Earlier today I made a tweak to one of my ever-growing collection of dotfiles and it reminded me that I’m not too happy with my dotfile’s bootstrap script.

The bootstrap file that I have in my repo is from a 2008 blog post and I’ve never been too thrilled with it.

The problems my old boostrap were

  1. It required that Ruby be installed—which was a pain on production servers where I never intended to have Ruby installed.
  2. It overwrote any existing dotfiles in $HOME without warning
  3. It added every sub-directory/file in the .dotfiles directory—you couldn’t add a README.md file without it being symlinked in the $HOME directory as .README.md—silly, right?!

Long story short—I needed a new bootstrap file. I’m a big believer in not reinventing the wheel, so I went looking for the canonical example of the dotfile bootstrap file.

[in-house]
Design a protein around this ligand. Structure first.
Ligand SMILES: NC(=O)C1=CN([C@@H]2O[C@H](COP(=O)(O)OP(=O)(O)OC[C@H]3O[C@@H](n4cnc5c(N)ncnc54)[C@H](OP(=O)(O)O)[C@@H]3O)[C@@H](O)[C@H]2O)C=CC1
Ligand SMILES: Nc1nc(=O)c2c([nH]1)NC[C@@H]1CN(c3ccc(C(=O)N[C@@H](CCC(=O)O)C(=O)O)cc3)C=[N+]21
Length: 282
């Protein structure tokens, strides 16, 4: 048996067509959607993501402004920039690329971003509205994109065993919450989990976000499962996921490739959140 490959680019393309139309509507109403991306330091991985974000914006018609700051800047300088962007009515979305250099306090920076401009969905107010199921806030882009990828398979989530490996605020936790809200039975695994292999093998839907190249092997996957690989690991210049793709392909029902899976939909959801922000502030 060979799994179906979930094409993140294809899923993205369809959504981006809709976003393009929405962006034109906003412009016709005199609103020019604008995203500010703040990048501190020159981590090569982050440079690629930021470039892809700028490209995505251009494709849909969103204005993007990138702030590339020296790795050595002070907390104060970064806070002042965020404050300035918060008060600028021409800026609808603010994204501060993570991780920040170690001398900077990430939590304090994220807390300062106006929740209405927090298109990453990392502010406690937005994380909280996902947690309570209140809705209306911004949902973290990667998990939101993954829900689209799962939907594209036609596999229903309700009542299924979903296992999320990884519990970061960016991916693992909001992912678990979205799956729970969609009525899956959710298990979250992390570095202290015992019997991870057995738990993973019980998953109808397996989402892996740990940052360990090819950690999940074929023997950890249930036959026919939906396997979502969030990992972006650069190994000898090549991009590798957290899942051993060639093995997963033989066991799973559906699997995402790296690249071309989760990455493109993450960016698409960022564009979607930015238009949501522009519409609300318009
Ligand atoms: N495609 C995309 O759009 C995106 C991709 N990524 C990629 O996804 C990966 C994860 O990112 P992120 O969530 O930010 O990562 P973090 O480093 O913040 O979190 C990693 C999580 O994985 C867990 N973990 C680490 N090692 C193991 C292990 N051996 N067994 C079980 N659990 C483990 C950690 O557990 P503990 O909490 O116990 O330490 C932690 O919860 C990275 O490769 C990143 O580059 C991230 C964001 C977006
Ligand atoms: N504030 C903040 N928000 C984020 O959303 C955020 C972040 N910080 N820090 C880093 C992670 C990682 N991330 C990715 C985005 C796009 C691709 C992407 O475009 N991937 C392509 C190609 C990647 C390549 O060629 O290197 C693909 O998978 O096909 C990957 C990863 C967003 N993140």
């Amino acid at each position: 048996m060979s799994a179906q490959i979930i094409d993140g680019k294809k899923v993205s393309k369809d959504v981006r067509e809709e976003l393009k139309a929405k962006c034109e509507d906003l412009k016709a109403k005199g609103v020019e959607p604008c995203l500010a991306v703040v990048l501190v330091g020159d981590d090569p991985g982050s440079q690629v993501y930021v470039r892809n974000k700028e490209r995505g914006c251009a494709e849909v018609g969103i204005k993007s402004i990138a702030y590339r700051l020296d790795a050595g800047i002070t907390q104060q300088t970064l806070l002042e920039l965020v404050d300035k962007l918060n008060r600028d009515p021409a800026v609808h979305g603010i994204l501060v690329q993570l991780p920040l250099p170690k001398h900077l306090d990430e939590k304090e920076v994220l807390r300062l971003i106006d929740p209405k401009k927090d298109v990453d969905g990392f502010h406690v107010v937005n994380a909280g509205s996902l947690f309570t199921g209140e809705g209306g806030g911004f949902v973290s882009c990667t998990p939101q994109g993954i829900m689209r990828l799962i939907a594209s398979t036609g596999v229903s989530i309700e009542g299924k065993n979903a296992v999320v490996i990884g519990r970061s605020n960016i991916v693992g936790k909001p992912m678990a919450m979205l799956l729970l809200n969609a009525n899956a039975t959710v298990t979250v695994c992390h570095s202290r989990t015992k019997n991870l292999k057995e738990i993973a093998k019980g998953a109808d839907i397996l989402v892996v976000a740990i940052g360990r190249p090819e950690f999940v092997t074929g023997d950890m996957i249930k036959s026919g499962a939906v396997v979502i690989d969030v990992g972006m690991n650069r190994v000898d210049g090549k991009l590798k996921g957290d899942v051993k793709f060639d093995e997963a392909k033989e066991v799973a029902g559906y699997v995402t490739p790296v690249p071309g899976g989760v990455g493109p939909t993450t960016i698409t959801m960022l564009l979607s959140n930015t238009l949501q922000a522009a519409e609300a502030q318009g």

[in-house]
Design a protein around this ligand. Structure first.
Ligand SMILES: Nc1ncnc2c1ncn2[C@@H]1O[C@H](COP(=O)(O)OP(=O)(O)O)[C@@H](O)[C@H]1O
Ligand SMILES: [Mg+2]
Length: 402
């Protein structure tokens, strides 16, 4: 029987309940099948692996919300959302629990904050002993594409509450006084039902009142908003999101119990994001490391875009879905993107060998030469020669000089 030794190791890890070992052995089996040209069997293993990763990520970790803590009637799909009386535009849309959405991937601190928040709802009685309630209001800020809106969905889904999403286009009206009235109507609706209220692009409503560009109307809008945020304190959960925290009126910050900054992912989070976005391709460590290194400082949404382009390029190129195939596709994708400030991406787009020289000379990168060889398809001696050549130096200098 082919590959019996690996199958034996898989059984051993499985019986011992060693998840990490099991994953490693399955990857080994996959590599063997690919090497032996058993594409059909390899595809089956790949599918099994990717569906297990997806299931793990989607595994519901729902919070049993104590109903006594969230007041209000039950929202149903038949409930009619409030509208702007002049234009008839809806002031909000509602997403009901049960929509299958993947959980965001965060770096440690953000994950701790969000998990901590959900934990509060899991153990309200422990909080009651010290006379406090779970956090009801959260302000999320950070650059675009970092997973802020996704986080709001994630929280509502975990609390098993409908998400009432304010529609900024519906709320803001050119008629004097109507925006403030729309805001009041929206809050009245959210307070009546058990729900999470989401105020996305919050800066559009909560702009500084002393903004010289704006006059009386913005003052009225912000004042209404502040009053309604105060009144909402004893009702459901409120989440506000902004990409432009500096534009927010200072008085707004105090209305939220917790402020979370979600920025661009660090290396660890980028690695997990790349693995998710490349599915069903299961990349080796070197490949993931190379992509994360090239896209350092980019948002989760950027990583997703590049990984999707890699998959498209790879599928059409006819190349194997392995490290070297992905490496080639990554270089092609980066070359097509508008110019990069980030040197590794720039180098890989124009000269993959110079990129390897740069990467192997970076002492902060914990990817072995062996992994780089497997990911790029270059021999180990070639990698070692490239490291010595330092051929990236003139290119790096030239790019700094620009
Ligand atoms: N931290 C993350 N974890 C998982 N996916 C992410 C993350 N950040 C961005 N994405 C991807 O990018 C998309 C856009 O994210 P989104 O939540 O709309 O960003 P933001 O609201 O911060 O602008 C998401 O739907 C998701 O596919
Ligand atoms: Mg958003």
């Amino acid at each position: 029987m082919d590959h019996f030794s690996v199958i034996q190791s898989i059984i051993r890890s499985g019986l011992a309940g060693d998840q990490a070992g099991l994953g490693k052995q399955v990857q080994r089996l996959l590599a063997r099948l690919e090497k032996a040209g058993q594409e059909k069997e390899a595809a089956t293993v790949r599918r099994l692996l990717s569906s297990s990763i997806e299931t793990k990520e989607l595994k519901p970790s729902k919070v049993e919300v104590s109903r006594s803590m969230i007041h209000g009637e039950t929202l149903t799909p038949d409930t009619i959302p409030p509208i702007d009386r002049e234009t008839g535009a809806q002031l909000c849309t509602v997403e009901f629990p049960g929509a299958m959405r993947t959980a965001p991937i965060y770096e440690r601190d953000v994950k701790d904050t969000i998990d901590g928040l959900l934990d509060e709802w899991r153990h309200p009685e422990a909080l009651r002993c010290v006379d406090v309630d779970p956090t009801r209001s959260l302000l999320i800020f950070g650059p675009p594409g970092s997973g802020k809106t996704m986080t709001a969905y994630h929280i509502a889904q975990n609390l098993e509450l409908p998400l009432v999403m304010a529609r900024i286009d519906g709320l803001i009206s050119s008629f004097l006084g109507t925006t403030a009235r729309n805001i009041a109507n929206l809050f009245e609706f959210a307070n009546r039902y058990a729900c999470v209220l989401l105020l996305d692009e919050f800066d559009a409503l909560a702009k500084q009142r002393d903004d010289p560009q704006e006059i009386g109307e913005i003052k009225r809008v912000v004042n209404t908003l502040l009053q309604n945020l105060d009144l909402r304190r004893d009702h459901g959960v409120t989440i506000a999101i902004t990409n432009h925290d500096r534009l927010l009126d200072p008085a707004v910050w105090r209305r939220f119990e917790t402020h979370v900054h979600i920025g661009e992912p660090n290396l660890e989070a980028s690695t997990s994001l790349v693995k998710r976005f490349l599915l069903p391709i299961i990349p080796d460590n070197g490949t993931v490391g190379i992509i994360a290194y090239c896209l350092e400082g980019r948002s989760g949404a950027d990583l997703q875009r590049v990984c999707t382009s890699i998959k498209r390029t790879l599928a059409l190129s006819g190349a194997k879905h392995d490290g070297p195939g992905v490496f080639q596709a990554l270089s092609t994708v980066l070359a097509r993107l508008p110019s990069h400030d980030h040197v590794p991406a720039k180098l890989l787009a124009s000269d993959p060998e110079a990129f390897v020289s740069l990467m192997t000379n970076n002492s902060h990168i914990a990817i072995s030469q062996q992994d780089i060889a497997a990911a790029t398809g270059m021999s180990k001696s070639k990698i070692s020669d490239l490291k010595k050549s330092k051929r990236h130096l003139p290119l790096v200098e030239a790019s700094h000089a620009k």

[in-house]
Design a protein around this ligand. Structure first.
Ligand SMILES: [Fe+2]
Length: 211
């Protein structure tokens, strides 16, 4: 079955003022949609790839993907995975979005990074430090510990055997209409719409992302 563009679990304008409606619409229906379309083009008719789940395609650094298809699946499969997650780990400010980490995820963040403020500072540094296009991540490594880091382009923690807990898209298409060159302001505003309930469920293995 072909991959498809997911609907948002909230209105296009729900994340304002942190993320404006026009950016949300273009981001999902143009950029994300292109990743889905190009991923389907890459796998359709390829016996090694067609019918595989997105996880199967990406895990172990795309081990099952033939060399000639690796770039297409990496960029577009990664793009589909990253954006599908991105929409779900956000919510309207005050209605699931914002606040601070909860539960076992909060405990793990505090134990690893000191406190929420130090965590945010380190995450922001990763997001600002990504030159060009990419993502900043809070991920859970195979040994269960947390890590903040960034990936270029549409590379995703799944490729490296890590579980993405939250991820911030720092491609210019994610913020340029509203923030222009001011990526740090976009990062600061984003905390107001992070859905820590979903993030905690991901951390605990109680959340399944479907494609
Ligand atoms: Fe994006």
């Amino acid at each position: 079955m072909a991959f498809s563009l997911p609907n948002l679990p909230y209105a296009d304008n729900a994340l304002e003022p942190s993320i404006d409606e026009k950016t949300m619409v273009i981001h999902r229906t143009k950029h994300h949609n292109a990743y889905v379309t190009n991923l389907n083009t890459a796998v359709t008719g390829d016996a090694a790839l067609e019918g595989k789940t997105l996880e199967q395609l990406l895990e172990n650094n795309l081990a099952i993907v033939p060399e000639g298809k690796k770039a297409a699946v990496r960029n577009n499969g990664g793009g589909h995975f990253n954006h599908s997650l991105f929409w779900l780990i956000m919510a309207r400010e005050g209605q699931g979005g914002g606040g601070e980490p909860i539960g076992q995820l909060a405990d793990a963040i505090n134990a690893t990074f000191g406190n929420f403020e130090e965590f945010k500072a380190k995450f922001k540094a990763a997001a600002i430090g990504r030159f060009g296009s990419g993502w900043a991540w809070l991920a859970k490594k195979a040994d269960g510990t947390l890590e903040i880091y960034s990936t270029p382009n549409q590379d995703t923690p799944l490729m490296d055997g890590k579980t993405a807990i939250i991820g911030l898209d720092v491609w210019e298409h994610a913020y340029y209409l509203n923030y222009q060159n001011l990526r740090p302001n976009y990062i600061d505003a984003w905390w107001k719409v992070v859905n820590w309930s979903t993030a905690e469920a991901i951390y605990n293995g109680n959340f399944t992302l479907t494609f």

I started perusing dotfile repos on github—which is always exciting to me (because I’m super nerdy) and there are some amazing dotfile resources on github:

Seeing all of this got me to thinking—wouldn’t it be great if there were a project that amalgamated all of this fun stuff? Like HTML5 Boilerplate for dotfiles.

The project will keep canonical examples of files like the bootstrap script. It would also keep an opinionated list of functions, aliases and configurations that could help beginners get a great start and normalize dotfile distribution in the same way that pathogen normalized vim plugins into bundles.

Dotfile Boilerplate

So there’s the starting point: Dotfile Boilerplate

At the very least it’s a solidly structured start with an amazing bootstrap script that I modfied based off of Zach Holman’s setup.

So that’s the whole idea—the hope is that this repository can grow and collect great ideas, functions, and well-considered dotfiles from interesting discussions and people around the internet.

Beginners will have an amazing starting point and advanced users will have a wellspring of ideas.

Fork ‘em if ya got ‘em.